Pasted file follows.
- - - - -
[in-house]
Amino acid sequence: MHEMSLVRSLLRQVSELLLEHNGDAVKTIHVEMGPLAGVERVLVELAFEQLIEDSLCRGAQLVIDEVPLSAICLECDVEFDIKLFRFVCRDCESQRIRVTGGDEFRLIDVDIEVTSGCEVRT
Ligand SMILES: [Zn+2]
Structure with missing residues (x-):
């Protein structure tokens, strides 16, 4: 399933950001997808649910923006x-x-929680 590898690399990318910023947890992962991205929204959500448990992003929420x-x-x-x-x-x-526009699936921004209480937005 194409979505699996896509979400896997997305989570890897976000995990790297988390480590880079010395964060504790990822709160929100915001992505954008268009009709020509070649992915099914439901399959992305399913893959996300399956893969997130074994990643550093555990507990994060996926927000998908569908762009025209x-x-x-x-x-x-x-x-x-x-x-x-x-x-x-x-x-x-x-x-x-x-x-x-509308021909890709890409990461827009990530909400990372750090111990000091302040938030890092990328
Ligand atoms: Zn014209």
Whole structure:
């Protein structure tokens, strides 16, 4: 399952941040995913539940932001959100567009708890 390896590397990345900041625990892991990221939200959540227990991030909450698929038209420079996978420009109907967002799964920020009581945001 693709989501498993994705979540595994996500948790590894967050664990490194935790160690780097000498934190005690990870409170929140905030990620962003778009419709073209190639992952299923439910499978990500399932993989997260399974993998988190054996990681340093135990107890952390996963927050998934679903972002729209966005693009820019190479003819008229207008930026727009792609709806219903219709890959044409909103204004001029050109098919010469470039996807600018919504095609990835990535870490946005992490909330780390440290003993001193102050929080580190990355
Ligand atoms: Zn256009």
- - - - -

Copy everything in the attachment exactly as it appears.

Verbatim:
[in-house]
Amino acid sequence: MHEMSLVRSLLRQVSELLLEHNGDAVKTIHVEMGPLAGVERVLVELAFEQLIEDSLCRGAQLVIDEVPLSAICLECDVEFDIKLFRFVCRDCESQRIRVTGGDEFRLIDVDIEVTSGCEVRT
Ligand SMILES: [Zn+2]
Structure with missing residues (x-):
């Protein structure tokens, strides 16, 4: 399933950001997808649910923006x-x-929680 590898690399990318910023947890992962991205929204959500448990992003929420x-x-x-x-x-x-526009699936921004209480937005 194409979505699996896509979400896997997305989570890897976000995990790297988390480590880079010395964060504790990822709160929100915001992505954008268009009709020509070649992915099914439901399959992305399913893959996300399956893969997130074994990643550093555990507990994060996926927000998908569908762009025209x-x-x-x-x-x-x-x-x-x-x-x-x-x-x-x-x-x-x-x-x-x-x-x-509308021909890709890409990461827009990530909400990372750090111990000091302040938030890092990328
Ligand atoms: Zn014209």
Whole structure:
């Protein structure tokens, strides 16, 4: 399952941040995913539940932001959100567009708890 390896590397990345900041625990892991990221939200959540227990991030909450698929038209420079996978420009109907967002799964920020009581945001 693709989501498993994705979540595994996500948790590894967050664990490194935790160690780097000498934190005690990870409170929140905030990620962003778009419709073209190639992952299923439910499978990500399932993989997260399974993998988190054996990681340093135990107890952390996963927050998934679903972002729209966005693009820019190479003819008229207008930026727009792609709806219903219709890959044409909103204004001029050109098919010469470039996807600018919504095609990835990535870490946005992490909330780390440290003993001193102050929080580190990355
Ligand atoms: Zn256009």